Fred Buljo was part of the music group KEiiNO, Norway’s 2019 Eurovision Song Contest entrant. The band performed the upbeat song “Spirit in the Sky” in a mixture of English and Northern Sámi at the contest in Tel Aviv.

Despite finishing sixth, they were perceived by many Eurovision fans as the ‘real winners' of the competition. KEiiNO topped the televote in Tel Aviv, the voting of the citizens in each participating country, with 291 points. However, they were placed sixth on 331 points after those votes were combined with the juries' votes.

Fred Buljo performing with KEiiNO
Fred Buljo (right) performing with KEiiNO

Buljo is a producer and talented songwriter and is also a member of the Sámi rap supergroup Duolva Duottar. In addition to his musical exploits he also has an interest in politics – he has represented the Árja Party on the Sámi Parliament of Norway, both as a deputy party leader and more recently as an MP.

Agnete Kristin Johnsen

Agnete Kristin Johnsen was born in Nesseby, Troms and Finnmark county, in 1994 and is an ethnic Sami. She is another with musical talent, but after some early exposure, Agnete has somewhat dropped off the radar of late.

Her breakthrough came in 2008 when band The BlackSheeps stormed to success in NRK's Melodi Grans Prix Junior. The song, Oro jaska beana, was performed in a combination of Norwegian and Sami, reflecting the band's background.

The band went on to compete in the main Melodi Grand Prix event in 2011, placing second. More recently, she took part as a solo artist in 2016, winning the competition to represent Norway at the Eurovision Song Contest 2016.

The Norwegian singer, Agnete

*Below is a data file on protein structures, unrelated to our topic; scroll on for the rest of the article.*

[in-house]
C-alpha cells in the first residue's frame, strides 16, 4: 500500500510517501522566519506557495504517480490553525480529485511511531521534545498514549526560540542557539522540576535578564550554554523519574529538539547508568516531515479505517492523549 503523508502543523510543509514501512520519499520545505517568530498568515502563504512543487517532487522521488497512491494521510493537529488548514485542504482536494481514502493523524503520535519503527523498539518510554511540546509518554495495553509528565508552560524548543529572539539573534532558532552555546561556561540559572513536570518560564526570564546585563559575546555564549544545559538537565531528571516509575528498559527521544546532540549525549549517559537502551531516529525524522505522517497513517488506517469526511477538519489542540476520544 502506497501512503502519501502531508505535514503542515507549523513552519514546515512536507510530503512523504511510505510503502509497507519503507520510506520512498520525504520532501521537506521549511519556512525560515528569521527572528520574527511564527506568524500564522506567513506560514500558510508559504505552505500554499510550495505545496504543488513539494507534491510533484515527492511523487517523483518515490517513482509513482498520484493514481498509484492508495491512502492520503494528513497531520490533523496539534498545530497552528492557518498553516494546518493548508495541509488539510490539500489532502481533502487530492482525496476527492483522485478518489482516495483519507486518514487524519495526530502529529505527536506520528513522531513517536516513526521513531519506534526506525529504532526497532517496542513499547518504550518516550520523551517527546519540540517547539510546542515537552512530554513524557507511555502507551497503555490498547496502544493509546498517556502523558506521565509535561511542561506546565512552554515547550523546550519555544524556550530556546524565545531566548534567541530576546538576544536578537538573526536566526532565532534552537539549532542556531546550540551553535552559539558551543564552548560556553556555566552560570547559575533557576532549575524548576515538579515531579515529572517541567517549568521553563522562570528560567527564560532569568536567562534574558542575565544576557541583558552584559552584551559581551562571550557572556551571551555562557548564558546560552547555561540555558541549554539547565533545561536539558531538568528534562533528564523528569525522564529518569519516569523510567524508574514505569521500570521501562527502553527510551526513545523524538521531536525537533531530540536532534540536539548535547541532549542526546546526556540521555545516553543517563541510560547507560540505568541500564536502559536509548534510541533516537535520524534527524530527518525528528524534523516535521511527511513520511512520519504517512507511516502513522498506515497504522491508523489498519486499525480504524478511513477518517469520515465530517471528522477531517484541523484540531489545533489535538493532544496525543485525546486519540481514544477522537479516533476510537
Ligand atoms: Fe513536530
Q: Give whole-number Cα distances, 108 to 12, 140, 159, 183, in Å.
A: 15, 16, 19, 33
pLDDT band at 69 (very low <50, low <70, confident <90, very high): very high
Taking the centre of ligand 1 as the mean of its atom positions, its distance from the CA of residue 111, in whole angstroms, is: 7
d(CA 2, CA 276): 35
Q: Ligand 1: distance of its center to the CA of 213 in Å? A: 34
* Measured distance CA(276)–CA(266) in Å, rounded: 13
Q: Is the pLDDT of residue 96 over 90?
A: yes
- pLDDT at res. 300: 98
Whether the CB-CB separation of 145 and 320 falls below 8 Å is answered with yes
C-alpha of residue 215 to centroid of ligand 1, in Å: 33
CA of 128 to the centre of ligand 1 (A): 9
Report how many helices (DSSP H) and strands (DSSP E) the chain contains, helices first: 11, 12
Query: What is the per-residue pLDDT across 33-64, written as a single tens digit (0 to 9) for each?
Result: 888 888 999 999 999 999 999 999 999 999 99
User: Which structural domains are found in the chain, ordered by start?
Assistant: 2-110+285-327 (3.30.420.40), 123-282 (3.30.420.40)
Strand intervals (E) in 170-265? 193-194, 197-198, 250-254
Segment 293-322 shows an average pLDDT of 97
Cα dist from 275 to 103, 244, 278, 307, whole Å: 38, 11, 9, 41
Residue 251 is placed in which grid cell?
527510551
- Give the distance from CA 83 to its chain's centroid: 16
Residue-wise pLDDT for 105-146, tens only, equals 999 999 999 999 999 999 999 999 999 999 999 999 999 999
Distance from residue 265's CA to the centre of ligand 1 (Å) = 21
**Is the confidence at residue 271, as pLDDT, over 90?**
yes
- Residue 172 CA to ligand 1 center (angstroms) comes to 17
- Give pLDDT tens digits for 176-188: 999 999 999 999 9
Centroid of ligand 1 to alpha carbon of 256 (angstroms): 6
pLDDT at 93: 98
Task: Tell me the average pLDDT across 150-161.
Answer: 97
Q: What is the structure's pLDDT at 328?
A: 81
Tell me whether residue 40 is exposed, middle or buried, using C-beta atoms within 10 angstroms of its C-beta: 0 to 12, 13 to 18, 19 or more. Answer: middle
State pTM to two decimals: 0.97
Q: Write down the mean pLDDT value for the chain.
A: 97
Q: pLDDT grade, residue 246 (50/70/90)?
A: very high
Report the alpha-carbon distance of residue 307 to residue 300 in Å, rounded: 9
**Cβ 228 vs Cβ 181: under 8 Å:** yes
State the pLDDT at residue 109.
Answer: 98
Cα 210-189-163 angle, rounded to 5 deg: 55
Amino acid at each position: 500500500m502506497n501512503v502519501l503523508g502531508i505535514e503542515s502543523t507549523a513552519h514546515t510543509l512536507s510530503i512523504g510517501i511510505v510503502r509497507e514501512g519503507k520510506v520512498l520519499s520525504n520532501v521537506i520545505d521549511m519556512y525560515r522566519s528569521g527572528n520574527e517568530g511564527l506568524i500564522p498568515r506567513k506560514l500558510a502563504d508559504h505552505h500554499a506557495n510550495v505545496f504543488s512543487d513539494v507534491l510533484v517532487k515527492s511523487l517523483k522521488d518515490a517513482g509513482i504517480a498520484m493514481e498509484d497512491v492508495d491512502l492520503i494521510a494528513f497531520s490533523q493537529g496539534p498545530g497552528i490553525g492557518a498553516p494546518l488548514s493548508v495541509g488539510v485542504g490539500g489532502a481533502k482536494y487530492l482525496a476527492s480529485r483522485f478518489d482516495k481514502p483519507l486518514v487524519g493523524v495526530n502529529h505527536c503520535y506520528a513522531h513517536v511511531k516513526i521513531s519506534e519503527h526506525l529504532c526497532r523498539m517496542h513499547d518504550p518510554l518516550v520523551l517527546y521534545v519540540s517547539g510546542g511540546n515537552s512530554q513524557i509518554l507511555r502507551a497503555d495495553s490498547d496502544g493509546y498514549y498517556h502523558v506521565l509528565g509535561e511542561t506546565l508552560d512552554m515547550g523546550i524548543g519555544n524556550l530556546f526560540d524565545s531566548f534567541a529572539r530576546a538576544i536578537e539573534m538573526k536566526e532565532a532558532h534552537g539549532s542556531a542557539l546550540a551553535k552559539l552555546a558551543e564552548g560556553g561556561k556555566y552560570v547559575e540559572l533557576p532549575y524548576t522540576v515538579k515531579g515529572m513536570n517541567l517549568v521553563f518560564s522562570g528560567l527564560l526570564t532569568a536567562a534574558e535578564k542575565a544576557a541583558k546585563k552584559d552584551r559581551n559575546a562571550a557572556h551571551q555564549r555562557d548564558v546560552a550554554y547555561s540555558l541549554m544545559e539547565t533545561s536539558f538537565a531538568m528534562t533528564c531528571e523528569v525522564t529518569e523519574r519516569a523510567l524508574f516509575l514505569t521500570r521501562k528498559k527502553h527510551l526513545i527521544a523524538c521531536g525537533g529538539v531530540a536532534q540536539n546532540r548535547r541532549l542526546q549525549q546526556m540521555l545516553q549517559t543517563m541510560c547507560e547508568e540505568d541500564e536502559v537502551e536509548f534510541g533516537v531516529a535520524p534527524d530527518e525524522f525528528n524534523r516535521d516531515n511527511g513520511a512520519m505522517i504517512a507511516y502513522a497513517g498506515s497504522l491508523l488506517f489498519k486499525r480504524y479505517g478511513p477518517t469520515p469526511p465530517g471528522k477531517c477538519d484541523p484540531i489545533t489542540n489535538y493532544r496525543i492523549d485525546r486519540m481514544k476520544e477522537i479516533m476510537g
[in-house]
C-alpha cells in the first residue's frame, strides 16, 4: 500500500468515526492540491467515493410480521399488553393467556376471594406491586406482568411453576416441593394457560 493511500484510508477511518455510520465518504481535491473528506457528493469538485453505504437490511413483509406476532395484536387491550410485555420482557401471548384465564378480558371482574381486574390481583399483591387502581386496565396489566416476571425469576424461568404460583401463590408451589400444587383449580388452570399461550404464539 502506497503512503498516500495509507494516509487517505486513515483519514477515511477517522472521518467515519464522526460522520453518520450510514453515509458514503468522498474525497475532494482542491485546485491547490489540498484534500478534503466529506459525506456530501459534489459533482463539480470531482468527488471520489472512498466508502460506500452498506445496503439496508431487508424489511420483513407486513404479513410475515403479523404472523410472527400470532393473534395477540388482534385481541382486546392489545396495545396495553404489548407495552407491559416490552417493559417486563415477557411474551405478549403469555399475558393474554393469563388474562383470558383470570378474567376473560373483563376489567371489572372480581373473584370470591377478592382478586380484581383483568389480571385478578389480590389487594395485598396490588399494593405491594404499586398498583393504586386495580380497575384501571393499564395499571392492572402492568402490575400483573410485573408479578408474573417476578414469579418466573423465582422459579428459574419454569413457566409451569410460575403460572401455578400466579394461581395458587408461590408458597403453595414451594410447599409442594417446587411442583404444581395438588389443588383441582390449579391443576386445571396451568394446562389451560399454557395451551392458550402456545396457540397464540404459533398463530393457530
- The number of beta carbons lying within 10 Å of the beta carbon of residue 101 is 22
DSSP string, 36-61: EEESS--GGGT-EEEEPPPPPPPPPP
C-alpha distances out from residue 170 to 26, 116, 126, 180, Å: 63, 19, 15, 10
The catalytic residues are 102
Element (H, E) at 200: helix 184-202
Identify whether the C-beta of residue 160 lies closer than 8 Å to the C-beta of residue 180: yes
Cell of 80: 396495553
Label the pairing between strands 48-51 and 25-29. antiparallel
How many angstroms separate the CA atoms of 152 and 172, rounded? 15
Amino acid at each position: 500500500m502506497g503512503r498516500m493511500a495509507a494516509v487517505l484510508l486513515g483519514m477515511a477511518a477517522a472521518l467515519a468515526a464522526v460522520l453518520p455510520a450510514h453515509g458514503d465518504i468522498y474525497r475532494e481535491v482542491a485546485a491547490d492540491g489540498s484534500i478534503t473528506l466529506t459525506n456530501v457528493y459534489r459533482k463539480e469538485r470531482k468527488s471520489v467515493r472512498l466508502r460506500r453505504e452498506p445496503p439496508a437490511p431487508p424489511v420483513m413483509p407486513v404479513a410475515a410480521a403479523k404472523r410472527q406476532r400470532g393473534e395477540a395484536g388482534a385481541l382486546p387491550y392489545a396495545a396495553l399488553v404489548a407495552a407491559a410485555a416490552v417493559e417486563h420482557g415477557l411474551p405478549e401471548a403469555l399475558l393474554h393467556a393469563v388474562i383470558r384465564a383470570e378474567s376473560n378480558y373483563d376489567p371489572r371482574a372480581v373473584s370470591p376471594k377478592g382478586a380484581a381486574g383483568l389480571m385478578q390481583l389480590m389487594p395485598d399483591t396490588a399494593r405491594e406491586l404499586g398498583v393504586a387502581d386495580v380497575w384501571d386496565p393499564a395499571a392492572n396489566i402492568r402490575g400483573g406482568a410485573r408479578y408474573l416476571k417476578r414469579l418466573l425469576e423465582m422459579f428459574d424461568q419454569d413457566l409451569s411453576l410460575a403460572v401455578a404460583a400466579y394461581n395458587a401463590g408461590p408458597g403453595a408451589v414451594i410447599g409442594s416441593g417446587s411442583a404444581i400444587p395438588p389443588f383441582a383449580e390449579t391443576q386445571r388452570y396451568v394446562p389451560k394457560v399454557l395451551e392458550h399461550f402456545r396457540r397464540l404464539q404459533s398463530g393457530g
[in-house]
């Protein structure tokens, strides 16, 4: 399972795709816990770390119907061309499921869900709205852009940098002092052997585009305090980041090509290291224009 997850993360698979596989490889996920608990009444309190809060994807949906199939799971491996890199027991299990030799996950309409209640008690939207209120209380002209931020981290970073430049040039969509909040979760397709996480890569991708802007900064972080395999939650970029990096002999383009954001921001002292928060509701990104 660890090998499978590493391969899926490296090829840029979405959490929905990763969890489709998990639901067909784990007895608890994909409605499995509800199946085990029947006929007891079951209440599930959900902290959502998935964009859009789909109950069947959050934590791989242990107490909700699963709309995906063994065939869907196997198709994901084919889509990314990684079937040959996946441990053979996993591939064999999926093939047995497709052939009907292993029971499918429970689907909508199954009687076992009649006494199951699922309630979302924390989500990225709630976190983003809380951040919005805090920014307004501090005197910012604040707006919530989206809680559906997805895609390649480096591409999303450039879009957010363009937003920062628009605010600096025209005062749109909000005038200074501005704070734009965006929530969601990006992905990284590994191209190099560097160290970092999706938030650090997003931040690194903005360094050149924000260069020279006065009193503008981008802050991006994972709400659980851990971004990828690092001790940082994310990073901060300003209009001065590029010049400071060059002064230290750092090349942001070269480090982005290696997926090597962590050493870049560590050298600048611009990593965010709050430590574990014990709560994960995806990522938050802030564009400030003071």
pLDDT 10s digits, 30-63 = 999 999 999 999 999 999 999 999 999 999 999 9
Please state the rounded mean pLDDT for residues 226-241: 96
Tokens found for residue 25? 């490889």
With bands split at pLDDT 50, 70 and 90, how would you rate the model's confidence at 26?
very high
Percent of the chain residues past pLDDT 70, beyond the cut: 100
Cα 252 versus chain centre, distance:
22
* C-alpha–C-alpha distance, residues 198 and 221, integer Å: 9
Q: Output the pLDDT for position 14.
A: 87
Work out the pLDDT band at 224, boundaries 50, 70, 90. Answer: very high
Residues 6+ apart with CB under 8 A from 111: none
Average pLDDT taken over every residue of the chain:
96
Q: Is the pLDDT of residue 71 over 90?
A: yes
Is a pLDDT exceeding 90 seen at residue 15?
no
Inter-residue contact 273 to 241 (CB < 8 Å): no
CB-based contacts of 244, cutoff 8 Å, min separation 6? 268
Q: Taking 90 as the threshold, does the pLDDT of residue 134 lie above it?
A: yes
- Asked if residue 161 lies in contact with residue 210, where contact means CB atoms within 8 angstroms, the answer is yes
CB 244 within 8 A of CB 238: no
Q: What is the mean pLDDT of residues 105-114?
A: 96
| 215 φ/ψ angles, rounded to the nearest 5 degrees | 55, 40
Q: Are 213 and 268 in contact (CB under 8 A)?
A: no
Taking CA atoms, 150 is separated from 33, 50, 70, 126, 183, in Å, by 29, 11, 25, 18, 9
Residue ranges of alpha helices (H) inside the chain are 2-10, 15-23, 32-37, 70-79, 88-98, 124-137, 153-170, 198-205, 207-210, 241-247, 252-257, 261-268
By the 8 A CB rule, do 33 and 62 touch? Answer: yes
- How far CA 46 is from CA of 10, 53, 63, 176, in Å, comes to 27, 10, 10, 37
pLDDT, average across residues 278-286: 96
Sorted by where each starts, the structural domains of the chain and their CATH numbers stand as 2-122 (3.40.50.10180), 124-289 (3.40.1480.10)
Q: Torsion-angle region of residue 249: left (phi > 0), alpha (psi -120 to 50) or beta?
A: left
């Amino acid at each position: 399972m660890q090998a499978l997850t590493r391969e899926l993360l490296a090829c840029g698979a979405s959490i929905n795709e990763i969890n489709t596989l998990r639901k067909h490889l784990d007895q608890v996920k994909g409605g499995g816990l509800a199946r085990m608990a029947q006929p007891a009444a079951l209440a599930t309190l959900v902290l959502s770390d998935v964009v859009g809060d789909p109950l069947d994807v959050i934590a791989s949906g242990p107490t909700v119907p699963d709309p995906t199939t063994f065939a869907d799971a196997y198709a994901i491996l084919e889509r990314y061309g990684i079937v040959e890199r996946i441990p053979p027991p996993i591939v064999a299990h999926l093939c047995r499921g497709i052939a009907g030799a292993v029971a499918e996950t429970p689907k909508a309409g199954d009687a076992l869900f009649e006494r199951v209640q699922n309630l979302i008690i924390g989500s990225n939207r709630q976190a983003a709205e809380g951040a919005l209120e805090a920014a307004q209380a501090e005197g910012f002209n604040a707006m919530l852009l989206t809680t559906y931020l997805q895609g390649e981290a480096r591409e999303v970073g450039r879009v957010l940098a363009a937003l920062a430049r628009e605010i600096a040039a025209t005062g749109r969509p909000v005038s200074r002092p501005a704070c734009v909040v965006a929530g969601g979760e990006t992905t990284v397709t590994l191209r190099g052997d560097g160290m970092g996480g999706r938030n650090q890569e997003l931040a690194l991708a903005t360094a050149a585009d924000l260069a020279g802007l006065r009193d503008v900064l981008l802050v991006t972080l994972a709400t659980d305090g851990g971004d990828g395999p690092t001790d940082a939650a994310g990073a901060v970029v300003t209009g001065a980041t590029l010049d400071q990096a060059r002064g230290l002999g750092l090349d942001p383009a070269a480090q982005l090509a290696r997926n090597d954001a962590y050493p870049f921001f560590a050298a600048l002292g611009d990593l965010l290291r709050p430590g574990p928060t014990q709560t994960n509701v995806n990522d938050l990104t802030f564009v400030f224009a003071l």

Agnete’s Eurovision dream ended prematurely, though. She failed to make it past the second semi-final stage in Stockholm, Sweden, with her song “Icebreaker.”

Samuel Johannesen Balto

Samuel Johannesen Balto was a Norwegian Sami adventurer and explorer. He was part of the Norwegian explorer Fridtjof Nansen’s team that skied across Greenland in 1888–89. The Trans-Greenland tour was the first-recorded across the vast, frozen wilderness of Greenland.

Balto was born in Karasko, Finmark, where he was at first a reindeer herder, a fisherman and lumberjack. But it was the Greenland expedition with Nansen that brought him some fame and recognition. Balto wrote about his experience in his own book: Med Nansen over Grønlandsisen i 1888 – Min reise fra Sameland til Grønland (My travels from Sami-land to Greenland)

Morten Gamst Pedersen

Many people are of partial Sami origin. One of the most famous is Morten Gamst Pedersen, a Norwegian footballer who has played for Tromsø, Blackburn Rovers, Karabükspor and Rosenborg. He is currently registered with the Norwegian second division club Alta. He has also been capped at international level by Norway, making 83 appearances and scoring 17 goals.

Pedersen is of partial Sami origin from both sides of his family, although stronger on his mother's side. However, he does not speak Sami language very well, admitting himself his competence is basic. Alongside several other footballers, Pedersen took part in a charity band project known as The Players. Their single This is for Real was popular throughout Scandinavia, raising money for Soccer Against Crime.

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About the Author: Mathew Paul Gundersen

Mathew is an English – part Norwegian – guy living in Oslo, where he is a master's student in Ibsen Studies at the University of Oslo. In June 2019, he graduated with a bachelor degree in English Literature from the University of Buckingham. Mathew is also a writer, an English teacher, media specialist and general Norway enthusiast. His Great Grandfather was Norwegian and this is what brought about an initial move to Norway and Stavanger in 2016. Mathew's personal blog can be found here: godfoten.wordpress.com.

1 Comment

  1. I profoundly enjoy my stays amongst the lovely Sámit. A really indescribable experience, over and over again. As for the first question: yes, there are quite some Sami people that I know, some of those mentioned even personally, with a special shout out to Mikkel Gaup, as I visited him in 2013 at his home in the Mehamn region.
    Special Sami story? Alright. Wandering in the Finnmark in June 2017 I ended up in Vadsø, where we decided to attend a local concert by some not so local friends. Anyhow, surprisingly Elle-Marja Eira sang a joik accompanied by ……(wel look for yourself): https://www.youtube.com/watch?v=k7GZknsgRng
    And those are the charms of the Samisk region.